So, why go there again? Couldn’t writers Liane Moriarty, adapting her own novel, and David E. Kelly, found new problems for the women to confront? Absolutely. The show’s abrupt end and dying down of any call for a season three proved that sometimes writers need to know when to not just bend the premise but break from it in the right way.
The women’s angst was the foundation, not the murder. That was the framing device, not the essence of the drama.
The best subsequent seasons of TV series, or movie sequels for that matter, tend to keep their main characters grounded in scenarios that are similarly themed as their predecessors, but add some variety to the mix without betraying its essence. Add complexity to the story, yes, but stay true to the characters and their core plight.
The Godfather Part Two sequel succeeded spectacularly because authors Francis Ford Coppola and Mario Puzo maintained the original narrative concerning Michael Corleone’s fall from grace that guided the story in the first film. Even the introduction of his father Vito Corleone’s origins story in the sequel was done to compare and contrast with Michael’s story. Vito, you see, rose to become the godfather to save his neighborhood while Michael destroyed all of enemies and even his family merely to save himself.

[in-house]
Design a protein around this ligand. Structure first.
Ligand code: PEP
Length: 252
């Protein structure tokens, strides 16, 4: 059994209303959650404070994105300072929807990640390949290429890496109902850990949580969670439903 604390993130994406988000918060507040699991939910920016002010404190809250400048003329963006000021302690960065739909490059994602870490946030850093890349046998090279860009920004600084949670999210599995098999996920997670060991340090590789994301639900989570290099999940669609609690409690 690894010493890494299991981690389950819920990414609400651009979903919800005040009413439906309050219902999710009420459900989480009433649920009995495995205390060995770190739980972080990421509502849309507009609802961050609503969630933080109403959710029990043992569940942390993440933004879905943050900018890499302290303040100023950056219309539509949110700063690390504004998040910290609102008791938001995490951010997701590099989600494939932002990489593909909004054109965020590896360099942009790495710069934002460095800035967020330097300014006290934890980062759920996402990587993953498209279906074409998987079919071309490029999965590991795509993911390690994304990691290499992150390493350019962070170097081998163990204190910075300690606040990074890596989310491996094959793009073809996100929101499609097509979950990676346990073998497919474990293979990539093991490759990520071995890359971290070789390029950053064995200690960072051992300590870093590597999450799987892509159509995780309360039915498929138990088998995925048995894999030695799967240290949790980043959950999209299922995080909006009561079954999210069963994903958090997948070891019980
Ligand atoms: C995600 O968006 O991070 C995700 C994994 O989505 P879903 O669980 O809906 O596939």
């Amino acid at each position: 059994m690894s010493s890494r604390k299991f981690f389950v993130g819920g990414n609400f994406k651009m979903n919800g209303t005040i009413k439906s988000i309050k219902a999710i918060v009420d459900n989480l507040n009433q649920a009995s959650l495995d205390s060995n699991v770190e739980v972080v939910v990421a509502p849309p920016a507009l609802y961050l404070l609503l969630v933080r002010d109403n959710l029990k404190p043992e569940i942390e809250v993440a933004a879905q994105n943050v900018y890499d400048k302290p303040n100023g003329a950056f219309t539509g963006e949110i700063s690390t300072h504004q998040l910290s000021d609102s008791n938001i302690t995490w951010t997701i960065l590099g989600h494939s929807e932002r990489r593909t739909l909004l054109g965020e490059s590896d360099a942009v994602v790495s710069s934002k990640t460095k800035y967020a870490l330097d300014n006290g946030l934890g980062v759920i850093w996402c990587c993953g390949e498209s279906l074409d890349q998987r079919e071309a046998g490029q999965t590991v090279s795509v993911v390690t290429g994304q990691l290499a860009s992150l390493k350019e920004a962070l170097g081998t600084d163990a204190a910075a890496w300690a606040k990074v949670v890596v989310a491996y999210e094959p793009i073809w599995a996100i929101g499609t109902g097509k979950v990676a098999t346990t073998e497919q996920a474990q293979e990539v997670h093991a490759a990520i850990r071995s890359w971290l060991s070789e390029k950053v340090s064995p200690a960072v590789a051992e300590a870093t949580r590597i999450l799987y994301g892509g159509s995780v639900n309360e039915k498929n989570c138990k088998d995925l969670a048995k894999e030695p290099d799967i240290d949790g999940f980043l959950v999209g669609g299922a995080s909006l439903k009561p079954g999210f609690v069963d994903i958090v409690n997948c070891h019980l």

On the other hand, sometimes films should just be one and done, with no need to draw the story out any further.
The original conclusion of the thriller Dirty Harry saw him quitting the police force when he realized he broke his code of conduct to bring the serial killer antagonist to justice. (Spoiler: He killed him in cold blood at the end, firing off the sixth and final shot of his .44 Magnum.) It was the perfect ending to the melancholy film, but because it became a big hit, the studio ordered sequels. Unfortunately, none of them felt right and failed to come even close to capturing the qualities of the original.